Tarot Runes I Ching Stichomancy Contact
Store Numerology Coin Flip Yes or No Webmasters
Personal Celebrity Biorhythms Bibliomancy Settings

Today's Stichomancy for P Diddy

The first excerpt represents the past or something you must release, and is drawn from Call of Cthulhu by H. P. Lovecraft:

there was only a venomous seething astern; where - God in heaven! - the scattered plasticity of that nameless sky-spawn was nebulously recombining in its hateful original form, whilst its distance widened every second as the Alert gained impetus from its mounting steam. That was all. After that Johansen only brooded over the idol in the cabin and attended to a few matters of food for himself and the laughing maniac by his side. He did not try to navigate after the first bold flight, for the reaction had taken something out of his soul. Then came the storm of April 2nd, and a gathering of the clouds about his consciousness. There is a sense of spectral

Call of Cthulhu
The second excerpt represents the present or the deciding factor of the moment, and is drawn from The Devil's Dictionary by Ambrose Bierce:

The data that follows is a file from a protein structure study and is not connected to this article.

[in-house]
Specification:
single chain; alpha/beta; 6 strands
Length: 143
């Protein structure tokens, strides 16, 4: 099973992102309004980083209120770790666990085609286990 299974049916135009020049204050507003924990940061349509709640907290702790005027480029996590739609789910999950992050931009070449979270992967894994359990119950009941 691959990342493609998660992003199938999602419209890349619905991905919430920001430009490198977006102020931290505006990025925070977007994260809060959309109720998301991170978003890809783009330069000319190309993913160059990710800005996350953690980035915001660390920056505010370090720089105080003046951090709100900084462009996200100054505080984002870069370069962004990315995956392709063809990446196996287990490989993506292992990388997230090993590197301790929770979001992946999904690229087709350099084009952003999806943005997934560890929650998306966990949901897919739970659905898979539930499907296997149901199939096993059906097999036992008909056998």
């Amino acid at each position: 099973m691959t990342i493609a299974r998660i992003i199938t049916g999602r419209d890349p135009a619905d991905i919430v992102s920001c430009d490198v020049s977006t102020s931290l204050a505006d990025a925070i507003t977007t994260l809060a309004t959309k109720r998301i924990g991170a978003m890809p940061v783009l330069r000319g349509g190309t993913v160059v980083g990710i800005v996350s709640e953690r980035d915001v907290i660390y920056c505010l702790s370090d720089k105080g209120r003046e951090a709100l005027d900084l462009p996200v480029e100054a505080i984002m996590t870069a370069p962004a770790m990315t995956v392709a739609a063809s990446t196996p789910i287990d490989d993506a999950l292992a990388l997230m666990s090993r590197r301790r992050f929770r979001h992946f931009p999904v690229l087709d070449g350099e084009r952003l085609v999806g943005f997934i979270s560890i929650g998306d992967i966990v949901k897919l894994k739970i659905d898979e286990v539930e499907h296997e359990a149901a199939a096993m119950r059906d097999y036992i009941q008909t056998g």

OFFENSIVE, adj. Generating disagreeable emotions or sensations, as the advance of an army against its enemy. "Were the enemy's tactics offensive?" the king asked. "I should say so!" replied the unsuccessful general. "The blackguard wouldn't come out of his works!"

OLD, adj. In that stage of usefulness which is not inconsistent with general inefficiency, as an _old man_. Discredited by lapse of time and offensive to the popular taste, as an _old_ book.

"Old books? The devil take them!" Goby said. "Fresh every day must be my books and bread." Nature herself approves the Goby rule

The Devil's Dictionary
The third excerpt represents the future or something you must embrace, and is drawn from Tattine by Ruth Ogden [Mrs. Charles W. Ide]:

to be in the mood for doing his best, Patrick would still have a full half-hour to wait. At last the donkey-cart drew up at the Kirks' door and two happy old people welcomed three happy little people into their comfortable little home. It would take another book, the size of this one, to tell you all the doings of that August day. First they went into the house and laid their wraps on the white coverlid of the great high feather-bed in the little spare room, and then Mrs. Kirk sat them down to three little blue bowls of bread-and-milk, remarking, "shure you must be after being hungry from your long drive," and the children ate it with far more relish than home bread-and-milk was ever eaten.

"Now I'm doubting"" said Patrick, standing with his back to the cooking-stove